Methods of Meditation

There are three main methods or approaches to Christian meditation -surrender, concentration and awareness.

Surrender methods are characterised by the focus being on the intention of the meditation or prayer rather than paying focused attention within the meditation or prayer period. It is therefore a practice of the heart rather than the mind.  While intentions may differ for people over time, the intention is generally to be open to the presence and transforming action of God within. A person begins with their intention and then just sits and when thoughts, feelings, body sensations or sounds arise they simply let them go. To support this action of letting go a person can use a sacred word such as abba, peace or Jesus as a reminder of their intention but the word is not repeated like a mantra. Centering Prayer is a surrender method and was founded by the Trappist monks; William Menninger, Basil Pennington and Thomas Keating.
More information on Centering Prayer can be found on:

Concentration methods rely on the principle of concentrating the mind on a single point of focus. This might involve paying bare attention to the breath, counting the in and out breaths up to ten and beginning again, bringing attention to particular areas of the body and holding it there or reciting a mantra. Rather than the mind being free to roam where it will, the mind is anchored to its task and a person remains present to that.  Christian Meditation is a concentration method and was founded by the Benedictine monk John Main and carried on by Lawrence Freeman.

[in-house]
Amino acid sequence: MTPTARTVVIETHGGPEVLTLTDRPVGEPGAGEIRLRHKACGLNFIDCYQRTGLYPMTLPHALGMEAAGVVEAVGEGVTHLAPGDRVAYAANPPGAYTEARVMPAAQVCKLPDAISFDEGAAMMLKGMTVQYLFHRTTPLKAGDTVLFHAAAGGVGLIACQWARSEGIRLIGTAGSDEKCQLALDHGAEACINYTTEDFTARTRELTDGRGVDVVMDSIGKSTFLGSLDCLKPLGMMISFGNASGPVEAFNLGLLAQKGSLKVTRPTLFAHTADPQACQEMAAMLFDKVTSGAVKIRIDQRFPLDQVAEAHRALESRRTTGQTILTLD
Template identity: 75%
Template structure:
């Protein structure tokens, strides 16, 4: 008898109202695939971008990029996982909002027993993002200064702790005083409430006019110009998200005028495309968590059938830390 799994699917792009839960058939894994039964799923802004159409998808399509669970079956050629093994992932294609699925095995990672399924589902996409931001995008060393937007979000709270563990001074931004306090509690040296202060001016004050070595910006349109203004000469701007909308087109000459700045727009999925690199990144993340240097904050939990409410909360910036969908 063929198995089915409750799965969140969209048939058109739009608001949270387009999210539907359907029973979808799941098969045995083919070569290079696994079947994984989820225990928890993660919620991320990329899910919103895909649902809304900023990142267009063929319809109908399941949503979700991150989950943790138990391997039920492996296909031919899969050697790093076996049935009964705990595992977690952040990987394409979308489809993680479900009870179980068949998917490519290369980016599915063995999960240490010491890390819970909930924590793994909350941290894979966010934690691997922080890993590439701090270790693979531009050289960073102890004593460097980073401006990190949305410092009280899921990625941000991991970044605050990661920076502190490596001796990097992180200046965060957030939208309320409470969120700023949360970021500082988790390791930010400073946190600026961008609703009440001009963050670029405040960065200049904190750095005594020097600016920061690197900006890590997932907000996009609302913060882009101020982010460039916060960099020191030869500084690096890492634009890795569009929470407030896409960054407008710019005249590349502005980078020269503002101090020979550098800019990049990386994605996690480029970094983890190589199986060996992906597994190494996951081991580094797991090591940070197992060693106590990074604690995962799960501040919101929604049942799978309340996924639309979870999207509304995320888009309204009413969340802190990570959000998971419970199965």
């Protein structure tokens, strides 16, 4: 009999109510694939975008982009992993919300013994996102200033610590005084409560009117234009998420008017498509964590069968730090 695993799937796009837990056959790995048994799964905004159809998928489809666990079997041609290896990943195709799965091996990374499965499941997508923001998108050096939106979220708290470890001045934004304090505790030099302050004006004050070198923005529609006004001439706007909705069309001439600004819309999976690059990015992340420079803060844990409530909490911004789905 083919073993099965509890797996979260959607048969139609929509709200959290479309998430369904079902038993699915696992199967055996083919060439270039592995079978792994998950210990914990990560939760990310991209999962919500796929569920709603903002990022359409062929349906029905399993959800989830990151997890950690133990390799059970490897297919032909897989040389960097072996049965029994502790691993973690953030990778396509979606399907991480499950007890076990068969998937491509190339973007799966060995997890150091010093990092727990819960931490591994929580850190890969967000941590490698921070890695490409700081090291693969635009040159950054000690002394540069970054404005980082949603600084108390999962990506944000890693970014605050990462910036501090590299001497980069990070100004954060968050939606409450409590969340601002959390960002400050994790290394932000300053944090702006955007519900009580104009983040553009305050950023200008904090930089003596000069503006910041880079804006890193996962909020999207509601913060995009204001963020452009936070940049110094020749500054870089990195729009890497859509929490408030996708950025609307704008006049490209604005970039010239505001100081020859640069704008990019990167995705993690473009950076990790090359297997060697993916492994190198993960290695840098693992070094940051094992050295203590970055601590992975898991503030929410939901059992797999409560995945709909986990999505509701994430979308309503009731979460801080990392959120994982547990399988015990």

More information on the Community for Christian Meditation can be found on:

Awareness methods suggests that a person aligns themselves with an inner observer and simply watches the play of thoughts and emotions arise, take form and dissipate. Rather than get tangled up in the play of the mind a person observes it and lets it go. This leads to an inflow of God into the human heart that like all contemplation cannot be achieved by our action alone. Christian Insight Meditation has grown from the writings and teachings of the secular Carmelite nun, Mary Jo Meadows and more information can be found on: